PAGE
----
Before You Send Your Manuscript Out to Readers (or Publishers) by Tristi Pinkston

April 19, 2012 · 4 comments

in Guest Posts, Manuscript Prep, Writing Basics

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So you’ve gotten your manuscript ready to go out to readers. You’re excited because you know how close you are to being ready for submission . . . you’ll get this feedback, you’ll make the suggested changes, and you’re finished, right?

Well, pretty close. But don’t think this step is going to be a piece of cake. That’s a mistake a lot of writers make—they hurry and get the manuscript out to readers before it’s really ready.

Here are some tips to help you get that manuscript as ready for readers as you possibly can—keeping in mind that if you take out the glaring problems now, your readers will have an easier time spotting the more complex problems.

1. Go through and do a search for “was.” Most of the time, when the word “was” is used, you can change it to more of an active voice. Instead of saying, “She was sitting on the porch,” say “She sat on the porch.” This brings your reader into closer contact with the story, and it eliminates the repetitive use of “was.”

2. Go through and do a search for “that.” Most of the time, “that” is used when it’s not needed. “She thought that he’d be there to pick her up at three.” Take it out and see what you’ve got … “She thought he’d be there to pick her up at three.” It’s the same thing, but “that” gets repetitive and makes your sentences wordy.

3. Go through and make sure all your punctuation is still there. I’ve noticed when I edit for people that as they take out words they’ve been told to take out, sometimes the punctuation gets taken along with it, erased accidentally by the cursor being in the wrong place.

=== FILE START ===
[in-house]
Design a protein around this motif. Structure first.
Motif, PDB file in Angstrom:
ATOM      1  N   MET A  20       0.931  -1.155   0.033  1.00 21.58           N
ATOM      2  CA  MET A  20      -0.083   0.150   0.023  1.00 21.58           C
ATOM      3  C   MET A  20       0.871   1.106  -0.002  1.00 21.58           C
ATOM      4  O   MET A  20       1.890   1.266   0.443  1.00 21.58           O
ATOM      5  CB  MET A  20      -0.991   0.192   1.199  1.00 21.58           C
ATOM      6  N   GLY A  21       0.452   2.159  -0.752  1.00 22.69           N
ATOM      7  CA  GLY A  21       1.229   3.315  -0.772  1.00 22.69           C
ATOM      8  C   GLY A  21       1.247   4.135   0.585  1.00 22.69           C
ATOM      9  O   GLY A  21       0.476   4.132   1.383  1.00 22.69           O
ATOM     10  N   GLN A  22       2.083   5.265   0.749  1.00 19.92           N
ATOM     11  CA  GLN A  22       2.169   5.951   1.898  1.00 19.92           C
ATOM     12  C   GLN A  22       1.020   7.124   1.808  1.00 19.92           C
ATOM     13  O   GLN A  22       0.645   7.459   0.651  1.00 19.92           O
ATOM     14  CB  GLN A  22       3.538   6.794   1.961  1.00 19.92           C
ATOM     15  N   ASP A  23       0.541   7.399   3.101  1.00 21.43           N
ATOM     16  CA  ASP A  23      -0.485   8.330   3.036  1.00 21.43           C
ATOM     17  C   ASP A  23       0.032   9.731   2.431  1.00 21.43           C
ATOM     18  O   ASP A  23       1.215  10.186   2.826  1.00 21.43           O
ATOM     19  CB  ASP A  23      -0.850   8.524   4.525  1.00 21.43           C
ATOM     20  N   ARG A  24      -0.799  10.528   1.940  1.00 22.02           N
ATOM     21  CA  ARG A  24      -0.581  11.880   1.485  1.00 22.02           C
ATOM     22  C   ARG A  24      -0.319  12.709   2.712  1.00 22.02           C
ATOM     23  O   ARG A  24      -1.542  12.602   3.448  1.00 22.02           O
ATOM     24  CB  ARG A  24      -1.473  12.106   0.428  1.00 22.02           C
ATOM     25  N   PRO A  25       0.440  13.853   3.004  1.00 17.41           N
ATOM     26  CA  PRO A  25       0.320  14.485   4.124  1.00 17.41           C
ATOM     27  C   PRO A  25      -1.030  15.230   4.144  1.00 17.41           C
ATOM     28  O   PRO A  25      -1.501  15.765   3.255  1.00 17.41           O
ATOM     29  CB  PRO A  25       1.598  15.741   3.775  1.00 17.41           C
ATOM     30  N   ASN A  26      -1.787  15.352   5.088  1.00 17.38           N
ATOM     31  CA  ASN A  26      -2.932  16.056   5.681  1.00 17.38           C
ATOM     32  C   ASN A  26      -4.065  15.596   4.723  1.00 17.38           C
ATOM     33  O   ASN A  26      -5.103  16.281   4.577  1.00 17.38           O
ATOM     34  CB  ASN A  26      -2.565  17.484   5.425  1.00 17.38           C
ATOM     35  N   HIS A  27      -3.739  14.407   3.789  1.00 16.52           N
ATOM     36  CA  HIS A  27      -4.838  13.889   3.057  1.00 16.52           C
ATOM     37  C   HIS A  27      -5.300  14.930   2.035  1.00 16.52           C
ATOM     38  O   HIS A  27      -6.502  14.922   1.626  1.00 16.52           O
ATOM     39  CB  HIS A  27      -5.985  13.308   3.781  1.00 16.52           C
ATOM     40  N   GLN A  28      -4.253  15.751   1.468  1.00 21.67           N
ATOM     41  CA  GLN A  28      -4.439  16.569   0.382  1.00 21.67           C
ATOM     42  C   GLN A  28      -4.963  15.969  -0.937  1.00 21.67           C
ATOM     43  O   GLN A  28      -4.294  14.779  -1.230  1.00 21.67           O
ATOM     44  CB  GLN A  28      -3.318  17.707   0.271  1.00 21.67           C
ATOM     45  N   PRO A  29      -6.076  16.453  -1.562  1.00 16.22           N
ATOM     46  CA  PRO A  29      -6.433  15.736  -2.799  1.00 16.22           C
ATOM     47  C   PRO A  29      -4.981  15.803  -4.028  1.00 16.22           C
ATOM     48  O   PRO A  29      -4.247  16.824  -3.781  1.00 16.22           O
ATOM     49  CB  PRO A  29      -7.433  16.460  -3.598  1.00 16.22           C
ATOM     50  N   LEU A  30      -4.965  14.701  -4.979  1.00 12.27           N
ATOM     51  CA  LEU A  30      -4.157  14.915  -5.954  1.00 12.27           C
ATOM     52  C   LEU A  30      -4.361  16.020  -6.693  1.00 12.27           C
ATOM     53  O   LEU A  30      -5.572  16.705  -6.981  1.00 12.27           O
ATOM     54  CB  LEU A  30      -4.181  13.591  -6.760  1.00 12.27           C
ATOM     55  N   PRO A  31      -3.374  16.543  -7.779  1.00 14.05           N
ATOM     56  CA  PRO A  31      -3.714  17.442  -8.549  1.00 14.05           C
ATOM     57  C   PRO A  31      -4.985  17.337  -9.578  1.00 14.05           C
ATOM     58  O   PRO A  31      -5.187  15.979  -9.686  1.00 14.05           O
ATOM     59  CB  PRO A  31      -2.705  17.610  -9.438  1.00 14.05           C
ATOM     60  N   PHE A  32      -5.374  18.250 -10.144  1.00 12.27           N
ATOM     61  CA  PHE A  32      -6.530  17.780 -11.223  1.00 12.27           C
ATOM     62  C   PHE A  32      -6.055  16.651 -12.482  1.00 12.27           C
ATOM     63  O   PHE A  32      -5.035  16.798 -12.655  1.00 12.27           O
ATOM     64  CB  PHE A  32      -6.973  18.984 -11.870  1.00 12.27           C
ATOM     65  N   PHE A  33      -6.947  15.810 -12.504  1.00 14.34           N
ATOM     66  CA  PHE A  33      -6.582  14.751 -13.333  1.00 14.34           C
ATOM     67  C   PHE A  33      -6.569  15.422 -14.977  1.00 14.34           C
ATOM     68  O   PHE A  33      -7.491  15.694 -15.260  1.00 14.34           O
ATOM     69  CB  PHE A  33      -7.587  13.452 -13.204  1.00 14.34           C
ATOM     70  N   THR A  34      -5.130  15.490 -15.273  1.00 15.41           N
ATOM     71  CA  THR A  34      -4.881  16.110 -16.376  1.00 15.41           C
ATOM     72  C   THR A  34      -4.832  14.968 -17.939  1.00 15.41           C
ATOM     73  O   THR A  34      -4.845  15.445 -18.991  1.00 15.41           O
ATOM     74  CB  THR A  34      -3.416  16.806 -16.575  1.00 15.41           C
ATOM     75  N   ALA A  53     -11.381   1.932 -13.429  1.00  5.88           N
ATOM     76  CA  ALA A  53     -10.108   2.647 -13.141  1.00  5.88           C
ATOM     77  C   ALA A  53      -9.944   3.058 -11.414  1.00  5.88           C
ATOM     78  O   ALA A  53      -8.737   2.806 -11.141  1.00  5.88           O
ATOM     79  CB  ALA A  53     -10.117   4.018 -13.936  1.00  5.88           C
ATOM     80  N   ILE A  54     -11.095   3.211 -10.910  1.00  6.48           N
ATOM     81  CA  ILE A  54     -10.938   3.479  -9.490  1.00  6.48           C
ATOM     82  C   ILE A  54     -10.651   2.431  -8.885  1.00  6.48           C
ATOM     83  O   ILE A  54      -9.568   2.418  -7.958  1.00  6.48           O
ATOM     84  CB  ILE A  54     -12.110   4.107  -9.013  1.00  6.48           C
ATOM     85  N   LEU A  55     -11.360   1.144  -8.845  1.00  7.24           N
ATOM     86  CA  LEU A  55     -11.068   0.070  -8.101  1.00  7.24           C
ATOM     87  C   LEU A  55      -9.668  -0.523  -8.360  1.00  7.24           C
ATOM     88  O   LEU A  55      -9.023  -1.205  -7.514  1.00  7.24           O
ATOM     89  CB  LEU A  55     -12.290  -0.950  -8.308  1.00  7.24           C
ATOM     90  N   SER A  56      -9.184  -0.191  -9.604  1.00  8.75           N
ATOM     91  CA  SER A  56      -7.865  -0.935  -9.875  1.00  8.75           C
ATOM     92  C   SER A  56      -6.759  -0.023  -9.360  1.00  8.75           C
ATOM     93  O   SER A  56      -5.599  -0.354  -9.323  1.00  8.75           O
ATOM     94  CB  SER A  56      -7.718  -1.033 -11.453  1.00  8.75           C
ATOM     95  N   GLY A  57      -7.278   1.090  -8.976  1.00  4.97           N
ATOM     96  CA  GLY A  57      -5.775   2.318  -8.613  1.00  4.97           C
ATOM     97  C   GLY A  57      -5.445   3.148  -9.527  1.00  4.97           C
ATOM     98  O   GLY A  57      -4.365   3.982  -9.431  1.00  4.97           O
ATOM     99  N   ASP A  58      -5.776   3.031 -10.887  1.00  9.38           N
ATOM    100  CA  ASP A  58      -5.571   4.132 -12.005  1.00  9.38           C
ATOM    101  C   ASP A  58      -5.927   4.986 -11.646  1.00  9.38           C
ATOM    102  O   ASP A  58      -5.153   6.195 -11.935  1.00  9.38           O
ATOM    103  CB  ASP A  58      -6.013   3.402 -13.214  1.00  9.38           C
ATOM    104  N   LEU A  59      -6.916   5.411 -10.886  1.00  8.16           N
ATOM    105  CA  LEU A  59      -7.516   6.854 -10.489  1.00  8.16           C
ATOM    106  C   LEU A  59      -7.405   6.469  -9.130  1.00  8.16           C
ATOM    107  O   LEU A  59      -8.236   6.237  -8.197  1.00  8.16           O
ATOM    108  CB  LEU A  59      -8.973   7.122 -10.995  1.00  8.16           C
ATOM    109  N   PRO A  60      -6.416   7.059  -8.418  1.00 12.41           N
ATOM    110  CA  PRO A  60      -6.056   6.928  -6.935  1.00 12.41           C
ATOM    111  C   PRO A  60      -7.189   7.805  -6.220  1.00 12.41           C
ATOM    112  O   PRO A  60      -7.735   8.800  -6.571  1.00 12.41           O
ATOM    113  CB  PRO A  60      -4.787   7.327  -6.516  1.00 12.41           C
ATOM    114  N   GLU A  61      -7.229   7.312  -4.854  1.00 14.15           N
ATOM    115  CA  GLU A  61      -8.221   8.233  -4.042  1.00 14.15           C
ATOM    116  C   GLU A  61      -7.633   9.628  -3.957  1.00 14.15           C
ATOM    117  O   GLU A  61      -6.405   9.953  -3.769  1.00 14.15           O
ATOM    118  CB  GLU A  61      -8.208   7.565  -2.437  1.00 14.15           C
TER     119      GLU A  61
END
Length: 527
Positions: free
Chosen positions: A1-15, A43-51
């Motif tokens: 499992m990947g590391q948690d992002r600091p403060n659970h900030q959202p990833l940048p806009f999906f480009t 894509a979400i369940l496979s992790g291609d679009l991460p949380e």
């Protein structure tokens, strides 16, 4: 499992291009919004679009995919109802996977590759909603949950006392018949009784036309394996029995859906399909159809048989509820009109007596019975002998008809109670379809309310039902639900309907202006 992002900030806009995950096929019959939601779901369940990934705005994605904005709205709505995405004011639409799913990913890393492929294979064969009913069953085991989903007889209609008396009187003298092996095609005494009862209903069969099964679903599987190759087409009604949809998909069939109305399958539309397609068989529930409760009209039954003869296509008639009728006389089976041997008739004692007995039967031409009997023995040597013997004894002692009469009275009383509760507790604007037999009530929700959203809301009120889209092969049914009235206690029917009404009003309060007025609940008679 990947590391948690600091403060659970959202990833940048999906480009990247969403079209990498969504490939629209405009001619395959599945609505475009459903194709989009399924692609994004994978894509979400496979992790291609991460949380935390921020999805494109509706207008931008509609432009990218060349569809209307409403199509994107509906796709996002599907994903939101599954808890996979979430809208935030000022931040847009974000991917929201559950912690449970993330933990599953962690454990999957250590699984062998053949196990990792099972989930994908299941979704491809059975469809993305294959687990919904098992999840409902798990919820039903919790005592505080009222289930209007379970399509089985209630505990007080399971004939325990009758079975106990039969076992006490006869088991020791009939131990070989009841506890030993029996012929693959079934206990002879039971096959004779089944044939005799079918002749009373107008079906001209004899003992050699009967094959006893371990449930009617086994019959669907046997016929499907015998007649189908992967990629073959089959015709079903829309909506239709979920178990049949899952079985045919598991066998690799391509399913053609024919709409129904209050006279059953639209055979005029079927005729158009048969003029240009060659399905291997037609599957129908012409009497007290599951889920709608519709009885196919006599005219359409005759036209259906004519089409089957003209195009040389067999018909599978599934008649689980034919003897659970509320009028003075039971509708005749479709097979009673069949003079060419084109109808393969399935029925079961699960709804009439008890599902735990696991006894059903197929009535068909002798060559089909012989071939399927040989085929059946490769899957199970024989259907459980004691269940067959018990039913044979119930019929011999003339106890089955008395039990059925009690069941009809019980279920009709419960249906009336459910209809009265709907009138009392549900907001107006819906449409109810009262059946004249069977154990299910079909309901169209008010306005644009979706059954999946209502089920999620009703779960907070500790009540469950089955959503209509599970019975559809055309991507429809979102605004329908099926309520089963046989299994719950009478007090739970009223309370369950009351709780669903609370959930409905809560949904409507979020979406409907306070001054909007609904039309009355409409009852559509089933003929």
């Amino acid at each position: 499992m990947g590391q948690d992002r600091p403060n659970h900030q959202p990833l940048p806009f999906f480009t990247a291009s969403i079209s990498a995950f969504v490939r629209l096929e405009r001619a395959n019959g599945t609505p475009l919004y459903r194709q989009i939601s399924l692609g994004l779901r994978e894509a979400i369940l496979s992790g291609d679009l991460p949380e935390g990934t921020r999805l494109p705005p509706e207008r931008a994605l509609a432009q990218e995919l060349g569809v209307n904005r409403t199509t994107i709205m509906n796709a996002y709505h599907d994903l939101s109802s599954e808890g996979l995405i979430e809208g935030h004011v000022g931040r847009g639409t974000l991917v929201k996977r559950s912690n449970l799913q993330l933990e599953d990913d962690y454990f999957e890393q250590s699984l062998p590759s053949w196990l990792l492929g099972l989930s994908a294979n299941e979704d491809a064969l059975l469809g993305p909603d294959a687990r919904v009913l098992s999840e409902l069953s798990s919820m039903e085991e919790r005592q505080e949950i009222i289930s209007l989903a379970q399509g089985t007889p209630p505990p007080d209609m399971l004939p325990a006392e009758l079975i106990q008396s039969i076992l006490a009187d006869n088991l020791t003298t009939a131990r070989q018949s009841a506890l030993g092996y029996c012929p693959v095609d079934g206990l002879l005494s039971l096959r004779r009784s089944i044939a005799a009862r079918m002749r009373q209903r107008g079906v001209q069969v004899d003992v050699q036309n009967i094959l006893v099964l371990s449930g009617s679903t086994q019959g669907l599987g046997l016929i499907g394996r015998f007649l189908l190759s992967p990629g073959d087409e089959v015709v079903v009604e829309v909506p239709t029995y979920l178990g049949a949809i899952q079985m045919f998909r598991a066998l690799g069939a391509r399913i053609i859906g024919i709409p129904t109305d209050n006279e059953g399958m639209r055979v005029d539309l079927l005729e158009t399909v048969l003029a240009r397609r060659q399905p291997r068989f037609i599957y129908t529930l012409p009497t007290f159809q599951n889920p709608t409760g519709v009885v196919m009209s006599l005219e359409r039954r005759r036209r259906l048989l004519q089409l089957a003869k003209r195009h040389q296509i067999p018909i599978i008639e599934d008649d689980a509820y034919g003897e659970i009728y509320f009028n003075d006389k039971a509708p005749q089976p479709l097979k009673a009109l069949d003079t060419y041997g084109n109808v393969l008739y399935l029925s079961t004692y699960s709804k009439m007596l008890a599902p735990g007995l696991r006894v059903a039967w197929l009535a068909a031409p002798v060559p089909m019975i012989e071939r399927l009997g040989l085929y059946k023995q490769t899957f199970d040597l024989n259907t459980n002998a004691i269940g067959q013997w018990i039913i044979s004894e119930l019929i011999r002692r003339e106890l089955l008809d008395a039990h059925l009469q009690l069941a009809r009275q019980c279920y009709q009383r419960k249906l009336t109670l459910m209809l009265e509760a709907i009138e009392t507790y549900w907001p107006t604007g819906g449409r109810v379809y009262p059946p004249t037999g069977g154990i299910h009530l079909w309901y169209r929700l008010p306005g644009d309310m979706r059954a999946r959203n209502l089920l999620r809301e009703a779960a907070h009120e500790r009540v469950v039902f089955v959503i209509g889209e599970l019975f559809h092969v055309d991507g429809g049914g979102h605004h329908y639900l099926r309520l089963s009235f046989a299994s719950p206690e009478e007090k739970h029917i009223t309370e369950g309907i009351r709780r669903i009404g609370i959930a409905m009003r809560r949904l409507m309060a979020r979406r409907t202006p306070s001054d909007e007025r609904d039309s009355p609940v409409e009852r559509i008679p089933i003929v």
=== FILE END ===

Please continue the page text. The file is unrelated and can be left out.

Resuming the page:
4. Go through and take out fully 3/4 of your adverbs. Keep only the ones that are absolutely needed—most are indicated by the context, anyway, and aren’t necessary.

There you have it—four steps to help make your manuscript ready for readers. These aren’t the only things to watch out for—there are many—but these are the most common mistakes and the most common detractors from the story. With these things out of the way, your readers will be able to concentrate on the things that remain and help you polish the story until it shines.

Tristi Pinkston is the author of nine published books, including the Secret Sisters mystery series. In addition to being a prolific author, Tristi also provides a variety of author services, including editing and online writing instruction. You can visit her at www.tristipinkston.blogspot.com or her website at www.tristipinkston.com.

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{ 3 comments }

Paul April 26, 2012 at 5:14 pm

Good comments. I definitely need to do this before I send my novel out again.

Thanks for the reminder.

Mary-Helen Foxx April 28, 2012 at 1:49 pm

Excellent advice! I’ll try it on the manuscripts of my sequels to “Charlie’s Girl.”

Alyssa July 16, 2012 at 11:59 pm

Great ideas! Thanks.

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